Alison, you are the best. What a wonderful thought to cherish when I get discouraged.
It sounds like your friend is living through a hard time. How wonderful for you to help.
I’ll bet the little boy was thrilled to be able to be part of the “solution” and assist you. Plus, I’ll bet his mother loved that you saw him as having skills and talents. It must have been a day for her to treasure.
All I have to say is way to go Allison. that is really awesome. Now if only more folks tried what you did there might be a whole lot more inclusion on Mother Earth.
Mary – Beautifully written, as always. Your story combines at least two of my passions – advocacy for peace and respect for those with diabilities. A great story for this holiday weekend. Thank you!
Coming from you, this is a special compliment indeed. Thanks Char. Hope all is well with you and your family.
Hi Mary I’ll chime in and I’ll try to keep the mouthiness to a dull roar. First of all I almost pity your uncle John. What a sad soul he sounds like. But like you I have heard the they are useless nonsense(Opps that would include me). How very Republican that notion is. The benign lie trick that says it all how sad that it takes that kind of trickery to be treated like a real person. I says a lot about what we value and what we don’t/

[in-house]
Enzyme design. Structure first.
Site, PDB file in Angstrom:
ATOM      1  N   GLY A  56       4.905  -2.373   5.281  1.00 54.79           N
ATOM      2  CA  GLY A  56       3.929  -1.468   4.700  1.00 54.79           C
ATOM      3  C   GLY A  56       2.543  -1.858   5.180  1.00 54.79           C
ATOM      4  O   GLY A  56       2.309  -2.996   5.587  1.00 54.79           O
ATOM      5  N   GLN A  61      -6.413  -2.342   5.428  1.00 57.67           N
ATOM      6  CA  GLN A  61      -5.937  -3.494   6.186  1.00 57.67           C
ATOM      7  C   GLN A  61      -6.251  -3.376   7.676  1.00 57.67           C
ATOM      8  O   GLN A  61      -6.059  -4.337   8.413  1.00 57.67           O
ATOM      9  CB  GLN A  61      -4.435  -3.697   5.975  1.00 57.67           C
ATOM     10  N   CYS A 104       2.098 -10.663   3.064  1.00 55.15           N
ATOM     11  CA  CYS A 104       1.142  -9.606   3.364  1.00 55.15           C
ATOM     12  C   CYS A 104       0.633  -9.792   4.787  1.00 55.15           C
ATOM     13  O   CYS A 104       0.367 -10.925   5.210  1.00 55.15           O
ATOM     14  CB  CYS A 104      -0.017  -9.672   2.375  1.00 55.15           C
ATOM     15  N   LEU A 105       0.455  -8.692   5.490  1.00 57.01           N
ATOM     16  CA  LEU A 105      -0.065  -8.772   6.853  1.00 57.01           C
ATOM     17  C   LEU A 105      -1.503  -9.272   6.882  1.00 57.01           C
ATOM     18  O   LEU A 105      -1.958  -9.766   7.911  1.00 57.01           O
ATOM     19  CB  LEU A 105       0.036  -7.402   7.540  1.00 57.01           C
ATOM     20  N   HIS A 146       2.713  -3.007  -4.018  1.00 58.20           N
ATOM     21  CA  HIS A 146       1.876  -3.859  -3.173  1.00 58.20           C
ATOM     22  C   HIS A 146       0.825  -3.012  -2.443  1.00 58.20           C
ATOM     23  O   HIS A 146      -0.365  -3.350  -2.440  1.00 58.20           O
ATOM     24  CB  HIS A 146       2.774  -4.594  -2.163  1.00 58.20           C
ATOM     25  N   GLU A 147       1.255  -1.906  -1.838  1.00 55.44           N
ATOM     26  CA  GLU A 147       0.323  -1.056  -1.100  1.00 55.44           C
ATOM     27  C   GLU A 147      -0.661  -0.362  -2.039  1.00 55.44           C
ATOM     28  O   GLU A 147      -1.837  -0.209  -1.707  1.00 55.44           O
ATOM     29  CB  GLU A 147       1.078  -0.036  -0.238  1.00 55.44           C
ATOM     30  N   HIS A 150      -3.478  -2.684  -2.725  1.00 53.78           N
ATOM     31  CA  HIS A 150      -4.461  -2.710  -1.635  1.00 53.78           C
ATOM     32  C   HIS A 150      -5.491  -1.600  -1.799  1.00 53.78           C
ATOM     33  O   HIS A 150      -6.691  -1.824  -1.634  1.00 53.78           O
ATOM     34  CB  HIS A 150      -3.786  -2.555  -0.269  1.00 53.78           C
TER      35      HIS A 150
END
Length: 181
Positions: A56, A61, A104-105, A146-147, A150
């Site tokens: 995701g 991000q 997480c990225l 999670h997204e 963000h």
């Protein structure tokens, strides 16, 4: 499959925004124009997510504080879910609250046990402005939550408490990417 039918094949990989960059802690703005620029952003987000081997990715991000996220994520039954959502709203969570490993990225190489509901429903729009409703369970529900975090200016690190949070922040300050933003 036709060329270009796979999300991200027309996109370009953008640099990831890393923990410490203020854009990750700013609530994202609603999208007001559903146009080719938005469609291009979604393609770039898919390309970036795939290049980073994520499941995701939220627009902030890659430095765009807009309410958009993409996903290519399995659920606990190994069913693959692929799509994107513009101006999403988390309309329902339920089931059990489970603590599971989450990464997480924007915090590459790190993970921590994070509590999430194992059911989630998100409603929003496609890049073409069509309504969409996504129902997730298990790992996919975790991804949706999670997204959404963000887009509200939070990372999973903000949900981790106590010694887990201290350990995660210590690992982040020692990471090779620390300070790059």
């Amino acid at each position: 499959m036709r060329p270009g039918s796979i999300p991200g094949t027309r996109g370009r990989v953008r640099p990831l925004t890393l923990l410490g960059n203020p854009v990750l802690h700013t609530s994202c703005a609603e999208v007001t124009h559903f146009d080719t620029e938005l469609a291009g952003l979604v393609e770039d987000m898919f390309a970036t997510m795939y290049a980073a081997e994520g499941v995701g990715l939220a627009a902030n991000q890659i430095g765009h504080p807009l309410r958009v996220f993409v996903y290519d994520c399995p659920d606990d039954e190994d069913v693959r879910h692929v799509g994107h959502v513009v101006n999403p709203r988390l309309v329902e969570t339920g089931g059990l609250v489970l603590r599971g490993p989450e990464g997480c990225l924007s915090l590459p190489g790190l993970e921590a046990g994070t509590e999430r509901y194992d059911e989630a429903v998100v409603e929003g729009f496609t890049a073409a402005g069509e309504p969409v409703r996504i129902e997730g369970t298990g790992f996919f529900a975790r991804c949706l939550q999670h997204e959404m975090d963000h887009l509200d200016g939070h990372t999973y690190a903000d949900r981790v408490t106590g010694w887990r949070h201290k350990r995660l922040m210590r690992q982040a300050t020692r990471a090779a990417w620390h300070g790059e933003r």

I think that your post on the Animal school said it best.
Ok I’m not exactly fond of this particular holiday like Veteran’s Day it seems to me to celebrate nothing but the murder of others and call it heroism. I still stand by my Memorial Day post I wrote last year.
Lastly I like all of your questions in this post. I sometimes find myself wondering the same things.
Thanks for writing a very good post and I hope you and Aaron along wit Tommy and the Mr. have a great weekend.
Thanks for all your thoughts Gary. In America we are supposed to value our diversity and freedoms–all kinds. That’s what we go to war for, right?
I am hopeful that as generations get more familiar with disabilities, people will become less and less heartbroken over the label. It is so sad that your uncle died unhappy. Like your uncle, my father never truly accepted my daughter with Downs before he died, and I feel like he missed out on so much. Thanks for sharing this story.
Thanks for your comment Valerie,I too am hopeful that as our children go to school, work and are in the community with other people, there will be less stigma and people will see what they can do, instead of what they cannot.
They miss a lot of love, it’s too bad.